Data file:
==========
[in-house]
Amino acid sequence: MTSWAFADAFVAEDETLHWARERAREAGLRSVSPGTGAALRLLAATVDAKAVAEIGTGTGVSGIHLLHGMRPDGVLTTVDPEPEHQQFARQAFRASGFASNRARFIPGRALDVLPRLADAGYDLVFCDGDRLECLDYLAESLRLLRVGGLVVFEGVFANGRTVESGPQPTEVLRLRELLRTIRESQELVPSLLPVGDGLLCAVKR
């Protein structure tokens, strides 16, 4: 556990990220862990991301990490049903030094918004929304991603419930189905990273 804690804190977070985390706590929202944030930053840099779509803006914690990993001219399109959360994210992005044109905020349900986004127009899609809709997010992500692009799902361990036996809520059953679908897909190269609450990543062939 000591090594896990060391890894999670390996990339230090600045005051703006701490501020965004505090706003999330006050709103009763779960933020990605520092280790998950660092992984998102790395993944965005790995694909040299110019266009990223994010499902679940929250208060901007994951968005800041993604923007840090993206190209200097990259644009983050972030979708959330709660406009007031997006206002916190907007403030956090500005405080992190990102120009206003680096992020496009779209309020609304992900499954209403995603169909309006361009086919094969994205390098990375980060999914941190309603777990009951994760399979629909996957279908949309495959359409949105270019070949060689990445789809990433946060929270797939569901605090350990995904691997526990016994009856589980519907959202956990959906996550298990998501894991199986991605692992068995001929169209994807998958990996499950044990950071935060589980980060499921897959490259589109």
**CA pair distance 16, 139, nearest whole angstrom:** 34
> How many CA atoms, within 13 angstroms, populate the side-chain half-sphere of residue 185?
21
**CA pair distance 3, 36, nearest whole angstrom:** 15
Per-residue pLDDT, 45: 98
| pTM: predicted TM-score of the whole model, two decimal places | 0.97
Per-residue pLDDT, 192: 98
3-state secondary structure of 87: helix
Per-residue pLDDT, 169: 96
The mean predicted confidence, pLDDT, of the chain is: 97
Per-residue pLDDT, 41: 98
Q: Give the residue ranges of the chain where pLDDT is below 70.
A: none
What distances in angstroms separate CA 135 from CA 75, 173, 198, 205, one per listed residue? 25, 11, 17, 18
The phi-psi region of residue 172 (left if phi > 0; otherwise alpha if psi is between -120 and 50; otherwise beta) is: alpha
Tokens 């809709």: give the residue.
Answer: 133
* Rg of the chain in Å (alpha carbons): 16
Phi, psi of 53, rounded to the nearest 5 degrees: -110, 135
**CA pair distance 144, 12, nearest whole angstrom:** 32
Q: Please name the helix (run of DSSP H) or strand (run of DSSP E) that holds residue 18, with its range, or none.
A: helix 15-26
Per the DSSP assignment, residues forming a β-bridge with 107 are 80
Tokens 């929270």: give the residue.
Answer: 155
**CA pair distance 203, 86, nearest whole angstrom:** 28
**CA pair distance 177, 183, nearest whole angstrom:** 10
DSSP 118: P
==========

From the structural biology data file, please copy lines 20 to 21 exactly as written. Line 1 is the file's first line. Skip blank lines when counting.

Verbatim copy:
Answer: 133
* Rg of the chain in Å (alpha carbons): 16